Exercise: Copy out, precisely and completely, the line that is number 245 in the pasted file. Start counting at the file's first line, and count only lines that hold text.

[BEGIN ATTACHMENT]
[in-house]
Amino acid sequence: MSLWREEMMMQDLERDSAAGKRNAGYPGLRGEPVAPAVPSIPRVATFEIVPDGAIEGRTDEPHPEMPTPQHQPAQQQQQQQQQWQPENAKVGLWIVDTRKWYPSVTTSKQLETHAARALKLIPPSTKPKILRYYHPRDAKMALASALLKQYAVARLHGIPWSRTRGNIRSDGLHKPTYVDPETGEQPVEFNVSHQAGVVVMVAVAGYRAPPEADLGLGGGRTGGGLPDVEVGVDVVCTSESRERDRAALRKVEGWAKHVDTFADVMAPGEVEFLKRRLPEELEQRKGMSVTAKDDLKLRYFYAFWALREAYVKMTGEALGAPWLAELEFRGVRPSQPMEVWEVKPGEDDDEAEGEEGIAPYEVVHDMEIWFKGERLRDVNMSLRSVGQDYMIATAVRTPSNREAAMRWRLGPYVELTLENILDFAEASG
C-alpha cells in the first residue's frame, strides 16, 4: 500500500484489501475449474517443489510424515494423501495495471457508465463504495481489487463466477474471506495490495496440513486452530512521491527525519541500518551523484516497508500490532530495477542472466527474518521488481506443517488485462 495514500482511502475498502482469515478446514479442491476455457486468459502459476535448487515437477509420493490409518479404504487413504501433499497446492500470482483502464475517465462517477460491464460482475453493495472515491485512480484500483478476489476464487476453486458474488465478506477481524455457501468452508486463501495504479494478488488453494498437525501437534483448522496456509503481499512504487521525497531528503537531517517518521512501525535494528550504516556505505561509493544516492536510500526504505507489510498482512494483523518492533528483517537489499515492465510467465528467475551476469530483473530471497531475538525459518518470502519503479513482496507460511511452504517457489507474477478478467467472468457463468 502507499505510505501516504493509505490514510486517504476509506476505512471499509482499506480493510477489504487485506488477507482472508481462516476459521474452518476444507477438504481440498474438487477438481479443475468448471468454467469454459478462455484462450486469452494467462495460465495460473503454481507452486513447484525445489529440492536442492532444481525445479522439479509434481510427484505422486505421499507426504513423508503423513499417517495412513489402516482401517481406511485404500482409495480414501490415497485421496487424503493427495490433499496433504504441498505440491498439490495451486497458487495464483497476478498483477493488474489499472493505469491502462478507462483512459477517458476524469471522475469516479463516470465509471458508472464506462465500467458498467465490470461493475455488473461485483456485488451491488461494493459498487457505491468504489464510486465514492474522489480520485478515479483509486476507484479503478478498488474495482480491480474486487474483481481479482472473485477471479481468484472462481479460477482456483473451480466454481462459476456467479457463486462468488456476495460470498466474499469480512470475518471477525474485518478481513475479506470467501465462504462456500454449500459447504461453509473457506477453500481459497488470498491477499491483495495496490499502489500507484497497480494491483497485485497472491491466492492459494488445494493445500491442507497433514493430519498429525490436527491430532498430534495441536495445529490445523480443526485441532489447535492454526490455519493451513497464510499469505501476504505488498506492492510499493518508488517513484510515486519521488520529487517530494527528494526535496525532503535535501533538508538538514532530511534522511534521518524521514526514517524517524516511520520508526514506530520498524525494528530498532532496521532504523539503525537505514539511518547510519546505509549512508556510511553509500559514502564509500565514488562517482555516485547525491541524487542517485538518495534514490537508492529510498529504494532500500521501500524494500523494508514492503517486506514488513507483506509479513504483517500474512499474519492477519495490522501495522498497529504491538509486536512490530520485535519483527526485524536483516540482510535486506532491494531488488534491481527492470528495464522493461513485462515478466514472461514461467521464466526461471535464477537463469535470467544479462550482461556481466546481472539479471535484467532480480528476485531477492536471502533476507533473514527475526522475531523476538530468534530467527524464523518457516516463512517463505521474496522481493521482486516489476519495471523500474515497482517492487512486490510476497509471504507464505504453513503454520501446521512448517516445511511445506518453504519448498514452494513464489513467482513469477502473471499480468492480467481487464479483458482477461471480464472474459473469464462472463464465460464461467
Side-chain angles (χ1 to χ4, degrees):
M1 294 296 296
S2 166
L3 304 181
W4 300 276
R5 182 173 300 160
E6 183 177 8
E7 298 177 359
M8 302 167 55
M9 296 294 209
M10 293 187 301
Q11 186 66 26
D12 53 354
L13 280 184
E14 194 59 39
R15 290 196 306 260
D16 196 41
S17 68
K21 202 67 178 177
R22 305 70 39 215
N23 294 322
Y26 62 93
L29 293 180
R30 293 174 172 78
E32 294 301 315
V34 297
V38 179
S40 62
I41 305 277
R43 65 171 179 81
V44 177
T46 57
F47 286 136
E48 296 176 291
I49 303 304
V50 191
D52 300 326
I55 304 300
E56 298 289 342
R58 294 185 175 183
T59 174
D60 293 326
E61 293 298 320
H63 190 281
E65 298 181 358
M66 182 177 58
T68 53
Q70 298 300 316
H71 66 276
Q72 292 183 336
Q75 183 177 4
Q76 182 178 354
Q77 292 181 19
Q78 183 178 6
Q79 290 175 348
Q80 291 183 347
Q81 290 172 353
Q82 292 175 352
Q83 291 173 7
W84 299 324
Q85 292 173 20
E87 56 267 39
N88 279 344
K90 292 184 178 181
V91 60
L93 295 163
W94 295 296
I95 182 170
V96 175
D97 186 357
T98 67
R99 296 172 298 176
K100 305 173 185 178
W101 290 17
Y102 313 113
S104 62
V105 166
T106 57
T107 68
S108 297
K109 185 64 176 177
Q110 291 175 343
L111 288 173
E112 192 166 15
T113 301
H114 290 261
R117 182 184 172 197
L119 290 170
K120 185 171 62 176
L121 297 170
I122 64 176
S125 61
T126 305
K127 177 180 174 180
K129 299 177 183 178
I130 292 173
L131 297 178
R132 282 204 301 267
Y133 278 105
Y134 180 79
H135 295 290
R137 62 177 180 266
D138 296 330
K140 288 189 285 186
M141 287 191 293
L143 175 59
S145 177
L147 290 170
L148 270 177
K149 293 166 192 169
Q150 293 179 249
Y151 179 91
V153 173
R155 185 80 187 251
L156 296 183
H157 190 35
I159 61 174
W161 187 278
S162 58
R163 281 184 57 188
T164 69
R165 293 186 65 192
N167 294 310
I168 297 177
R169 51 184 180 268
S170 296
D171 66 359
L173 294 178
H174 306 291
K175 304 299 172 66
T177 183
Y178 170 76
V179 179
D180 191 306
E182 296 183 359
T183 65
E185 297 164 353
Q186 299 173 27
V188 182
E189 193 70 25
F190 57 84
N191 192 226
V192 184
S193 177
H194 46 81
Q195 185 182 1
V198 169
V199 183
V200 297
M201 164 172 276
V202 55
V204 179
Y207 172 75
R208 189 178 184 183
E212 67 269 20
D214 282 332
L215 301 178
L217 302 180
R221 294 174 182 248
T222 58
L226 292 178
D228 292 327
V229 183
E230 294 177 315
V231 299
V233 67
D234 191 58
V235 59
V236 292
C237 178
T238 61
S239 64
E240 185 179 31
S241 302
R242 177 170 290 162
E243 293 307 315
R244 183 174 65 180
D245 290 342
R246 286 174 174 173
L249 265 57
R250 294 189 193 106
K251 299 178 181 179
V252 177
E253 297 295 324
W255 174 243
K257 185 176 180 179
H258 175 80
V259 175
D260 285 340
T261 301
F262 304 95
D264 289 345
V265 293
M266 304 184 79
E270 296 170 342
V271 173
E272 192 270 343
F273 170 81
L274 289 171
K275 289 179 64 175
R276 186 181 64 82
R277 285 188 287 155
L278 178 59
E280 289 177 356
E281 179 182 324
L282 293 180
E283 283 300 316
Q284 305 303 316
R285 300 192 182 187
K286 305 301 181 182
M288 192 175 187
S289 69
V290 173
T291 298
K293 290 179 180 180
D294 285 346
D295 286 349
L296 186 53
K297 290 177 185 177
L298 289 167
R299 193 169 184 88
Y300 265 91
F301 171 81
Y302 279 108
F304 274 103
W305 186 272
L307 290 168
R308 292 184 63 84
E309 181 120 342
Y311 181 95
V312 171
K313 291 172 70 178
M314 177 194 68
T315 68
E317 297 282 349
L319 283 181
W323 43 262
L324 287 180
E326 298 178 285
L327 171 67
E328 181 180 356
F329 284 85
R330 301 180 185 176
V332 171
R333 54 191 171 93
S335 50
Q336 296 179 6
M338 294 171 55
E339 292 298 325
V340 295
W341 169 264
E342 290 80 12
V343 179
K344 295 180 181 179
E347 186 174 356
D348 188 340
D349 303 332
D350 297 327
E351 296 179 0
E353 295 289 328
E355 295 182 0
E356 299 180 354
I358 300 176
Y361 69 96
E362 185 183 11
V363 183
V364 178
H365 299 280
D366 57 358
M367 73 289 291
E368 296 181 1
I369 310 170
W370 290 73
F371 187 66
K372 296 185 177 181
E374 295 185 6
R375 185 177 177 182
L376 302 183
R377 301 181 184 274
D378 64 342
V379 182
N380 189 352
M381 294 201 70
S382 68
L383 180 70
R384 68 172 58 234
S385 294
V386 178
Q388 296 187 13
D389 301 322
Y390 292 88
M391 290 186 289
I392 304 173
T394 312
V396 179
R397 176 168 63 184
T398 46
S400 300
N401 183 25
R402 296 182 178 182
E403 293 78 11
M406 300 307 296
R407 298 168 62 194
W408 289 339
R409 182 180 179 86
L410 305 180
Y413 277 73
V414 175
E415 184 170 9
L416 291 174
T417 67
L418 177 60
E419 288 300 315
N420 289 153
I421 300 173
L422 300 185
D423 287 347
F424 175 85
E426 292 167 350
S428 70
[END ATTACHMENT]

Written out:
F329 284 85